Alumnus physician leads emergency care at Sumner Regional
Dr. James Parnell works to bring more hope than fear to his staff during pandemic
Health care workers are working in a different world today than just two months ago. It’s now a world where patients can no longer see the face of the doctor caring for them. A world where one of the most important duties of a nurse is to hold the hand of a dying patient. A world where providing hope, in the face of rising fear, is a crucial management goal.
This is the world where James Parnell, MD, a 2006 Lipscomb graduate, is now working at the emergency room at Sumner Regional Medical Center, the largest hospital and the most experienced COVID-19 facility in Sumner County, 30 miles northeast of the Nashville metro area.
Parnell, an attending physician in the ER, is one of the many Lipscomb alumni now caring for COVID-19 patients across the nation during the current pandemic.
His emergency department had its own version of the COVID-19 surge on the weekend of March 29 when more than 90 patients from the Gallatin Center for Rehabilitation and Healing were sent to Sumner Regional after that facility was evacuated.
Fortunately, the hospital was well-prepared to handle such a crisis situation, said Parnell, noting that so far the facility has not experienced a shortage of personal protective equipment.
“Our hospital has been so well prepared for this. The plan has really worked well,” he said. “We are going to leave our (designated COVID-ER) open (after the end of the Safer-At-Home order) because it works as a containment area, so we don’t have a suspected COVID patient next to an appendicitis patient… It’s going to be a different world for a little while.”
On an average pre-pandemic day, Parnell said he would see about 20 to 25 people a day on an 8- to 12-hour shift in the 26-bed ER. Usual ailments in the ER are strokes, heart attacks, abdominal pain, broken bones and lacerations, he said. Two attending physicians would be available during most shifts.
At the start of the pandemic, Sumner Regional divided its ER into two: one for non-COVID emergencies and one for COVID and suspected-COVID cases only, with one physician overseeing each ER, he said.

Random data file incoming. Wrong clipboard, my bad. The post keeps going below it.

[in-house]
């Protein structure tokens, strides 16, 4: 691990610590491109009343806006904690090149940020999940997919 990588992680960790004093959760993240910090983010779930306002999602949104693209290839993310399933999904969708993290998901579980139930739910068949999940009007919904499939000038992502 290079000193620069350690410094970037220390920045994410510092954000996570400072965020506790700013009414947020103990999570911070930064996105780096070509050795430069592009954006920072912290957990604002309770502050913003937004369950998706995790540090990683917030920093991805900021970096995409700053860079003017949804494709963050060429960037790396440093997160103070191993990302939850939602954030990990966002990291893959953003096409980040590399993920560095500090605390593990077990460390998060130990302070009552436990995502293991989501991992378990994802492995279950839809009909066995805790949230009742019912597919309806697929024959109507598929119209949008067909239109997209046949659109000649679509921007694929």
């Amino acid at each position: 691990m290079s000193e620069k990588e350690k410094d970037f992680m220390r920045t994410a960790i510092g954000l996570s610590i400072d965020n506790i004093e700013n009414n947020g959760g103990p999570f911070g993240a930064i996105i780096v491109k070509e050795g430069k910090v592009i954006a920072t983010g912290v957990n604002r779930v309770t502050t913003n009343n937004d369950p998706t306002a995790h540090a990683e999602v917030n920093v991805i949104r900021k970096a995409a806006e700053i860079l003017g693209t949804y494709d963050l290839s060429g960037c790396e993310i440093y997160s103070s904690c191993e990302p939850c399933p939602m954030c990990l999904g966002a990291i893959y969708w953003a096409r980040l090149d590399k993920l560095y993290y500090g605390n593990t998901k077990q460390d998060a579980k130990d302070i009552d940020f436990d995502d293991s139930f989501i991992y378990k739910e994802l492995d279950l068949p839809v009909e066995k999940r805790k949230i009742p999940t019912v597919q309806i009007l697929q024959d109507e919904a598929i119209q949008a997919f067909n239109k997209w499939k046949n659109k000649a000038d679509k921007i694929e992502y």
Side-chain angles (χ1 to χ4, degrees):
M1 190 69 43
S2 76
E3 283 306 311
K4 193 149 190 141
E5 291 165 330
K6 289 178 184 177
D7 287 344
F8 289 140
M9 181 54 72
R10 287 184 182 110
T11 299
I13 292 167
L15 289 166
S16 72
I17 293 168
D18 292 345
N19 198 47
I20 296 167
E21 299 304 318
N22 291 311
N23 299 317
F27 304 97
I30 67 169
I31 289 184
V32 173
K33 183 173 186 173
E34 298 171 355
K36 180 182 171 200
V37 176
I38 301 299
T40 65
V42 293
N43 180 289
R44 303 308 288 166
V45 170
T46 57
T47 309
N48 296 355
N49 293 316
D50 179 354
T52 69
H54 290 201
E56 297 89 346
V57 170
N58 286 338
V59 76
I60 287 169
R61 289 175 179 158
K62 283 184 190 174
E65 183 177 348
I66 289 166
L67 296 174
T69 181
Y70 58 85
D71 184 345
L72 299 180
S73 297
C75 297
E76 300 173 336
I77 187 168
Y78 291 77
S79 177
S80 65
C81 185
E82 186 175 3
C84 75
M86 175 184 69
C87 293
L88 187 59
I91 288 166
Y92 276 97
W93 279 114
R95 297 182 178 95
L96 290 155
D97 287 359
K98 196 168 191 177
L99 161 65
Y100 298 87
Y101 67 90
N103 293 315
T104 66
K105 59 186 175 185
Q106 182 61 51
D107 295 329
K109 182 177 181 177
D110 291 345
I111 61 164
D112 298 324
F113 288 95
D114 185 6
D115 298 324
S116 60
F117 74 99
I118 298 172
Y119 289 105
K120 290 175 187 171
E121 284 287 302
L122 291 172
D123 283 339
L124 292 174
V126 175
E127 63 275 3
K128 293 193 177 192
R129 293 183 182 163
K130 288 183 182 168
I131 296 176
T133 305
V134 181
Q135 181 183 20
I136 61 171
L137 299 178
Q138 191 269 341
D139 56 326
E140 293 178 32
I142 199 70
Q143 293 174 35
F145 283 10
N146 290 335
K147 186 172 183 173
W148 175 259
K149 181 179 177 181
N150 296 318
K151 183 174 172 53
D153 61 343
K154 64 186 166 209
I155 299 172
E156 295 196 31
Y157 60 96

Since then, the Sumner ER has experienced the same strange phenomenon that most Nashville health care facilities are experiencing during the pandemic: a drop-off in non-COVID emergency cases. Almost all the ER cases are now COVID-related, Parnell said.
Doctors and nurses in the COVID ER wear the full “bunny suit” and N-95 masks, covering their bodies and faces all day. “The first couple of hours you are OK in it, and then you start getting sweaty, and you get pressure areas on your head,” he said.
Hospital employees are going in just to hold the hands of people who are dying because we don’t want them to die alone... There has been a lot of Jesus’ spirit that I have felt at this time. —
In addition, the PPE, which covers up facial expressions, sometimes makes it hard to bring the personal side of medicine to patients who are already in a very lonely situation, as visitors are not allowed in the hospital at this time, Parnell said.
“That is one area where I have seen God working,” Parnell said of the obstacles to personal attention. “There are people in the ER, nurses and scribes, who are actively using FaceTime, so patients can say good-bye to their families or for families to call in and say, ‘I’m OK.’
“Hospital employees are going in just to hold the hands of people who are dying because we don’t want them to die alone. They are passing them on to Jesus on the other side. There has been a lot of Jesus’ spirit that I have felt at this time.”